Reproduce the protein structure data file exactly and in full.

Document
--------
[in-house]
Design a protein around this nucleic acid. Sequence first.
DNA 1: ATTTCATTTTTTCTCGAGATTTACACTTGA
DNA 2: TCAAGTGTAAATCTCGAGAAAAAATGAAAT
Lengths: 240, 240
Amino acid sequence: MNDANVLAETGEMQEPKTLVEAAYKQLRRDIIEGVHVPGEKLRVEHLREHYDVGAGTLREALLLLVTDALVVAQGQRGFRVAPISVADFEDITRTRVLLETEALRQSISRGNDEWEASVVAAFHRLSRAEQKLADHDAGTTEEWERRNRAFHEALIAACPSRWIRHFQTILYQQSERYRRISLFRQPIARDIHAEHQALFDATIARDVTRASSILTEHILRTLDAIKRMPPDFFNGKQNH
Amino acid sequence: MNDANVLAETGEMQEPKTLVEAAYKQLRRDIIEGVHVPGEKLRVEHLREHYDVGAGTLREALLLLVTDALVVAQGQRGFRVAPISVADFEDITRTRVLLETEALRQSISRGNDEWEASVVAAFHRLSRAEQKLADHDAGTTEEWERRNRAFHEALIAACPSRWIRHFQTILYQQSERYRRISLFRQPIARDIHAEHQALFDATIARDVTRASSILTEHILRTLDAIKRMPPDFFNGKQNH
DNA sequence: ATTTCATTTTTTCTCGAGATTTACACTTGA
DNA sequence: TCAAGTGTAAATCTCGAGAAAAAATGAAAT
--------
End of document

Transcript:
[in-house]
Design a protein around this nucleic acid. Sequence first.
DNA 1: ATTTCATTTTTTCTCGAGATTTACACTTGA
DNA 2: TCAAGTGTAAATCTCGAGAAAAAATGAAAT
Lengths: 240, 240
Amino acid sequence: MNDANVLAETGEMQEPKTLVEAAYKQLRRDIIEGVHVPGEKLRVEHLREHYDVGAGTLREALLLLVTDALVVAQGQRGFRVAPISVADFEDITRTRVLLETEALRQSISRGNDEWEASVVAAFHRLSRAEQKLADHDAGTTEEWERRNRAFHEALIAACPSRWIRHFQTILYQQSERYRRISLFRQPIARDIHAEHQALFDATIARDVTRASSILTEHILRTLDAIKRMPPDFFNGKQNH
Amino acid sequence: MNDANVLAETGEMQEPKTLVEAAYKQLRRDIIEGVHVPGEKLRVEHLREHYDVGAGTLREALLLLVTDALVVAQGQRGFRVAPISVADFEDITRTRVLLETEALRQSISRGNDEWEASVVAAFHRLSRAEQKLADHDAGTTEEWERRNRAFHEALIAACPSRWIRHFQTILYQQSERYRRISLFRQPIARDIHAEHQALFDATIARDVTRASSILTEHILRTLDAIKRMPPDFFNGKQNH
DNA sequence: ATTTCATTTTTTCTCGAGATTTACACTTGA
DNA sequence: TCAAGTGTAAATCTCGAGAAAAAATGAAAT